The Thanksgiving season is not only a time to celebrate all the blessings we receive in life, but to acknowledge those hardships that exist in the world and the steps we might take to overcome them. One of these plights is the high rate of premature births across the globe: an estimated 13 million infants are born prematurely every year, and one million of these babies die as a result of their preterm birth. These numbers, gathered by the March of Dimes in October of 2009, have inspired that organization to host the first ever World Prematurity Day on November 17, 2011.
Kentucky will be one of the states participating in this vital event, employing a variety of campaigns to raise awareness for the prevalence of prematurity in the Commonwealth. The Healthy Babies are Worth the Wait symposium, held on November 17 at the Hilton Suites Lexington Green Hotel in Lexington, Kentucky, will educate attendees about the problems associated with preterm birth and the many possible causes of it. As women and prenatal providers will discover, many strategies can be employed to prevent prematurity, including early prenatal care, the termination of smoking, and the avoidance of unnecessary early deliveries before 39 weeks of pregnancy. The goal of the program is to decrease, through education, the singleton preterm birth rate by 15 percent over the course of the next five years. Based on the substantial drop in preterm births in Kentucky since 2006 (13.6 percent), and the elevation of Kentucky's grade on the 2011 March of Dimes Premature Birth Report Card from "F" to "D," this is a feasible aim that can be reached through cooperation and understanding.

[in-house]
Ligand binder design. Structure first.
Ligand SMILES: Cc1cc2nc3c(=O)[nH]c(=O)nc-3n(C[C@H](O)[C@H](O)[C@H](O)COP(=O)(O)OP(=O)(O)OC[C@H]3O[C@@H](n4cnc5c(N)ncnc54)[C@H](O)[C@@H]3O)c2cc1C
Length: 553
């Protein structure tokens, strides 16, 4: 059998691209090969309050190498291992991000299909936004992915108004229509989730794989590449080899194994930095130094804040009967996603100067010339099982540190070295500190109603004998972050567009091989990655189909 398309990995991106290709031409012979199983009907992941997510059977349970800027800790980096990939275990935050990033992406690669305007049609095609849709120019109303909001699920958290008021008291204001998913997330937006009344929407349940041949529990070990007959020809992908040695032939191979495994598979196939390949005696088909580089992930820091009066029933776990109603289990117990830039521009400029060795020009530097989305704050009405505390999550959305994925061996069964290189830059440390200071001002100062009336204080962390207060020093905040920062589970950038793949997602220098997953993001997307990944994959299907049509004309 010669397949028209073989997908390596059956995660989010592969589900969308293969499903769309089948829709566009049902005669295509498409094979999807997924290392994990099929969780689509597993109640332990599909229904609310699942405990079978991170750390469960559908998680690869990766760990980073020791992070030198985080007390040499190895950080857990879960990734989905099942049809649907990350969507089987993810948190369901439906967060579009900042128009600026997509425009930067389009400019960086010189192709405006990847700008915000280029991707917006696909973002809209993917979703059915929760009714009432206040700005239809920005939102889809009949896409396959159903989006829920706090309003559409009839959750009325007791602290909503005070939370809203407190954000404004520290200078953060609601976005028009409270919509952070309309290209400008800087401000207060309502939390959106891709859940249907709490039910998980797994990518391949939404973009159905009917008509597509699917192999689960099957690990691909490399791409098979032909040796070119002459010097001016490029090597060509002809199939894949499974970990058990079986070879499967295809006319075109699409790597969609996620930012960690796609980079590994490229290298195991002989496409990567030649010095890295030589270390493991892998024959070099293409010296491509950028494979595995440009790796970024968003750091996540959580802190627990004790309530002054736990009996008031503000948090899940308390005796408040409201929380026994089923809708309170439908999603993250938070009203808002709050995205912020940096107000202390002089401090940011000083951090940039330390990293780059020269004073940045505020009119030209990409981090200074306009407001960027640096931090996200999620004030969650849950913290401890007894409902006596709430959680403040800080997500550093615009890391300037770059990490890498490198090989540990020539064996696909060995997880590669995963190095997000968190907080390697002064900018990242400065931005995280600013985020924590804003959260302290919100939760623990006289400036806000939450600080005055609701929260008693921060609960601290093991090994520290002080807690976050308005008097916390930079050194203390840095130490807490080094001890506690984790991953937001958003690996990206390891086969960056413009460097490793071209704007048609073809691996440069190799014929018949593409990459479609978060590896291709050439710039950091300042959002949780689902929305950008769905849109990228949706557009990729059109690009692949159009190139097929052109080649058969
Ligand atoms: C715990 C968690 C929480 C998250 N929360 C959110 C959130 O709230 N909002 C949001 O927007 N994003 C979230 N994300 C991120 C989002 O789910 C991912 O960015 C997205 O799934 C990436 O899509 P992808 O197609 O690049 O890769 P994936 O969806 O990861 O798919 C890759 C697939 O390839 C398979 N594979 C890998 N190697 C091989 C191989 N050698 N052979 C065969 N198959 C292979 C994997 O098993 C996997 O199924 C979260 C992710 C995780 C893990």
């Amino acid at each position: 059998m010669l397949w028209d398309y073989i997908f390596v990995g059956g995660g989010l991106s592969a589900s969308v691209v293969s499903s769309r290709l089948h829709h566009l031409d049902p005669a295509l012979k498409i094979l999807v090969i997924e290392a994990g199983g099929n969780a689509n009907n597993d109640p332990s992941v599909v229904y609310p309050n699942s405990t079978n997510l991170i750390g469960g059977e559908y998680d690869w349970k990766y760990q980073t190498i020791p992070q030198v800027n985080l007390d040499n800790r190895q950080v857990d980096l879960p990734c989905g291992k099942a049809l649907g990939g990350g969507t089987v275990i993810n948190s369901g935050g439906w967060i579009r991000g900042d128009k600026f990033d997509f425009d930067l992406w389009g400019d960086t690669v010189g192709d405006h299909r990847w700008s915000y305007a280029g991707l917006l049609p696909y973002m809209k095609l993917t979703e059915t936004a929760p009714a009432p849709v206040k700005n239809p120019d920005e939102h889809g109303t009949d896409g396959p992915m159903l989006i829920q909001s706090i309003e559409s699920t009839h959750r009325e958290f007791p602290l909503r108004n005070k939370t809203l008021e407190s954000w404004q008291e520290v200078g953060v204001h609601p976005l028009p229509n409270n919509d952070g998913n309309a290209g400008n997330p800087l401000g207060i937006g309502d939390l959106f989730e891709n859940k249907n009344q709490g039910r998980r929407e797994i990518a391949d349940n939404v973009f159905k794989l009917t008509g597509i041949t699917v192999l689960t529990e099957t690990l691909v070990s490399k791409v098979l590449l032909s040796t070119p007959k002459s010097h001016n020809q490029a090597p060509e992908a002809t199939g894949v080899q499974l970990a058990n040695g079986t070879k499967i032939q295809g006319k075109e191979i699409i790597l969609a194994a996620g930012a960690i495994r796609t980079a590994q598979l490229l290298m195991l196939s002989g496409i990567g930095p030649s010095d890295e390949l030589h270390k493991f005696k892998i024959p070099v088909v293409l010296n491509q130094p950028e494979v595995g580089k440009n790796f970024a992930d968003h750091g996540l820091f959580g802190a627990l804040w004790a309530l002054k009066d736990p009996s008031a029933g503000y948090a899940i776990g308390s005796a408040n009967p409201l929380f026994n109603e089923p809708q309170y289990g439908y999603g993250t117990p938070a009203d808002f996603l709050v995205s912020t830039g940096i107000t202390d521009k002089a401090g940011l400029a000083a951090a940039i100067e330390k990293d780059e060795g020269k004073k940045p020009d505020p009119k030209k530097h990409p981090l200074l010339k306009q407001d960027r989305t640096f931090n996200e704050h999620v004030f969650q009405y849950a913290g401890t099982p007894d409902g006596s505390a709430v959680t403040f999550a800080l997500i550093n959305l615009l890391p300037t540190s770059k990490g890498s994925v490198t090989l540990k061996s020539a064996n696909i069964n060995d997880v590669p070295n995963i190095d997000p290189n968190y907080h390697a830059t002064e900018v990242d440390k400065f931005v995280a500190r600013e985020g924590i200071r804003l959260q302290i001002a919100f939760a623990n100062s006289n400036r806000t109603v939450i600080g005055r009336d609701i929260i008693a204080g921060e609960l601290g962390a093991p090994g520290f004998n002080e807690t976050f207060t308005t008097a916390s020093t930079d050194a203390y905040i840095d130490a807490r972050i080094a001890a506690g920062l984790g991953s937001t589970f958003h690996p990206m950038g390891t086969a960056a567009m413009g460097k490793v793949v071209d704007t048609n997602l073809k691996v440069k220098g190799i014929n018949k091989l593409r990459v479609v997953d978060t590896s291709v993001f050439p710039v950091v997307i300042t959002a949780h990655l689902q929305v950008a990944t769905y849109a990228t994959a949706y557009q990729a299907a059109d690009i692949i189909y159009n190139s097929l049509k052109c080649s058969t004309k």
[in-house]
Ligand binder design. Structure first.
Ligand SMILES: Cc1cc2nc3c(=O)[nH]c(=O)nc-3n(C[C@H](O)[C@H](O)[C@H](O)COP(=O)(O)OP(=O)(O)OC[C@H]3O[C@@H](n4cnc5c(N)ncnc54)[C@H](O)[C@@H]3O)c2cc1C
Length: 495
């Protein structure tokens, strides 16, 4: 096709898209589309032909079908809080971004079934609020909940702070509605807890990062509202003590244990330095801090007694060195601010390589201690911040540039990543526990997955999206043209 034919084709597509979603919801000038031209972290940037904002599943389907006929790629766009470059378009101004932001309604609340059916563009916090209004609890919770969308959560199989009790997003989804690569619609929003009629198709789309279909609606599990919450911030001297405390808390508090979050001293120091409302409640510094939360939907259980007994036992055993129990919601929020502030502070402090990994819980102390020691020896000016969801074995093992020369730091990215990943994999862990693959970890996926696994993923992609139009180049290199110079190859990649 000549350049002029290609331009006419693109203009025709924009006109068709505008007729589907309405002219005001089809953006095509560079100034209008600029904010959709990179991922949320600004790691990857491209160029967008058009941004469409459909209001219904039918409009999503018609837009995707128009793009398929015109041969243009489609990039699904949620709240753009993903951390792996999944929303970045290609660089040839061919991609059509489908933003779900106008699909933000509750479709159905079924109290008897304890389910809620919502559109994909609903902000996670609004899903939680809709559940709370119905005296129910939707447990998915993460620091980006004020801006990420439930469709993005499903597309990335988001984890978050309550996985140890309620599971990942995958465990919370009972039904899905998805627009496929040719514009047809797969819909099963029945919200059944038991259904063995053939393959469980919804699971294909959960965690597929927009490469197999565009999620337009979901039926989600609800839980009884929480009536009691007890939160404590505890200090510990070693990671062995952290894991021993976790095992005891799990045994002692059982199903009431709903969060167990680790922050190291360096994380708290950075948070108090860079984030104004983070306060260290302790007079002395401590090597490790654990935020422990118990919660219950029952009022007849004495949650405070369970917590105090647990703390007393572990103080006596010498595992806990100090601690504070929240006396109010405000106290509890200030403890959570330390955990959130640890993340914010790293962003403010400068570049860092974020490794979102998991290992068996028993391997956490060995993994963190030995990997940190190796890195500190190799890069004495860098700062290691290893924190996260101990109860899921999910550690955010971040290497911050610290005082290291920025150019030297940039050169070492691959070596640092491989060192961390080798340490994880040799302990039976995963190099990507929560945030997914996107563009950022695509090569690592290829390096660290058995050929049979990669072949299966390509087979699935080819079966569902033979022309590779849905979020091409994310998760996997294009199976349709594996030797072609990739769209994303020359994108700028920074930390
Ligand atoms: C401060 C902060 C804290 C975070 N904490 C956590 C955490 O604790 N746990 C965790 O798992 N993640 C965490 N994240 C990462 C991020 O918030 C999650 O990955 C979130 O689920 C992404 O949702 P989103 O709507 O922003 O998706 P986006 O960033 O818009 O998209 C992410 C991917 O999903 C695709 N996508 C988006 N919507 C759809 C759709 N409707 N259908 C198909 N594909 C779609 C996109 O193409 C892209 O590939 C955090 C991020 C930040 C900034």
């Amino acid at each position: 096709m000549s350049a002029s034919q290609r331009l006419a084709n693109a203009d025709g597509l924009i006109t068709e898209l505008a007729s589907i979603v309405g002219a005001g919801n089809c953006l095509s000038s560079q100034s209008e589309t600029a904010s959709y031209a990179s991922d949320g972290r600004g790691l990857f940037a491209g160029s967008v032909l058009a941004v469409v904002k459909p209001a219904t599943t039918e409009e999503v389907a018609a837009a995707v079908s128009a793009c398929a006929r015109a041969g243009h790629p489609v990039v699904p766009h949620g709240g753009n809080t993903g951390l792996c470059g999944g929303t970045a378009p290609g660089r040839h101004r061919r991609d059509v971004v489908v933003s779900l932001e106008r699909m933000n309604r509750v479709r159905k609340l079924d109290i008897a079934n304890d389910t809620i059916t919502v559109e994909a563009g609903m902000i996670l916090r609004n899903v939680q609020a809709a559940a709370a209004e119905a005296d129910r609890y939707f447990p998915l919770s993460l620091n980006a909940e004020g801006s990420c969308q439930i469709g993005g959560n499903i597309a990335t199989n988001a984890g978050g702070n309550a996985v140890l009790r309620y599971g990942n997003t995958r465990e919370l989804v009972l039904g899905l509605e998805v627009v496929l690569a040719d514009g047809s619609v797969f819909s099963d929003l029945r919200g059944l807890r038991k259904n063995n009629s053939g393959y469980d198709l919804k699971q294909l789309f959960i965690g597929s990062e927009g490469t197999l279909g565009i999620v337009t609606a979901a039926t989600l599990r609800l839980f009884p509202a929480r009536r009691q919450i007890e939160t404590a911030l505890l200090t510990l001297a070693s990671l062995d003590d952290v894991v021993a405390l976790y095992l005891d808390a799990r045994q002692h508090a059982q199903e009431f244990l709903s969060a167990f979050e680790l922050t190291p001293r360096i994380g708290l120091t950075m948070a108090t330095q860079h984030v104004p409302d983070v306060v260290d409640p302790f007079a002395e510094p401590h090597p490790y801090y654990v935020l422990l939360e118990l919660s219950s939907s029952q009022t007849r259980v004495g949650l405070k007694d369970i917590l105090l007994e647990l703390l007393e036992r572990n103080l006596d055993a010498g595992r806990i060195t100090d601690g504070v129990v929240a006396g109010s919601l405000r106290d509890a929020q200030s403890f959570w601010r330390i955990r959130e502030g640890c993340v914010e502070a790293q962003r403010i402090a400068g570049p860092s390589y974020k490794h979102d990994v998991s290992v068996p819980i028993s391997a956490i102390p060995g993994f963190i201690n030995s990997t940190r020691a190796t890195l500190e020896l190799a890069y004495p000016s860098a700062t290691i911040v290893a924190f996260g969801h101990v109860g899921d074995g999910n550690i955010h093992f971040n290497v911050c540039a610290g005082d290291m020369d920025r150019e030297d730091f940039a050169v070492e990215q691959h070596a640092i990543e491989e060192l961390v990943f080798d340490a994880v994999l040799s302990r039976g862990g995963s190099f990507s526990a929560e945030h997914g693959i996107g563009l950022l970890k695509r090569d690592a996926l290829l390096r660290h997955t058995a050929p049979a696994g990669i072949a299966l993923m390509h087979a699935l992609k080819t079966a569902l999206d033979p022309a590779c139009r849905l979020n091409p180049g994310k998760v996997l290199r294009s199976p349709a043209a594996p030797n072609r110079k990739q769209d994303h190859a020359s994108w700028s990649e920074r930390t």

In Louisville, of course, awareness events will remain ongoing throughout the month. Supporters of the cause will be wearing the March of Dimes signature color purple, particularly on November 17, and the LG&E building on West Main Street will be lit with purple lights for the entirety of November. These small but worthwhile efforts contribute to much larger, much needed goals: to save the US more than $26 billion annually in newborn healthcare costs, to eliminate this leading cause of newborn deaths, and to ensure that all infants begin life in the healthiest, happiest way possible.
Photo courtesy of March of Dimes.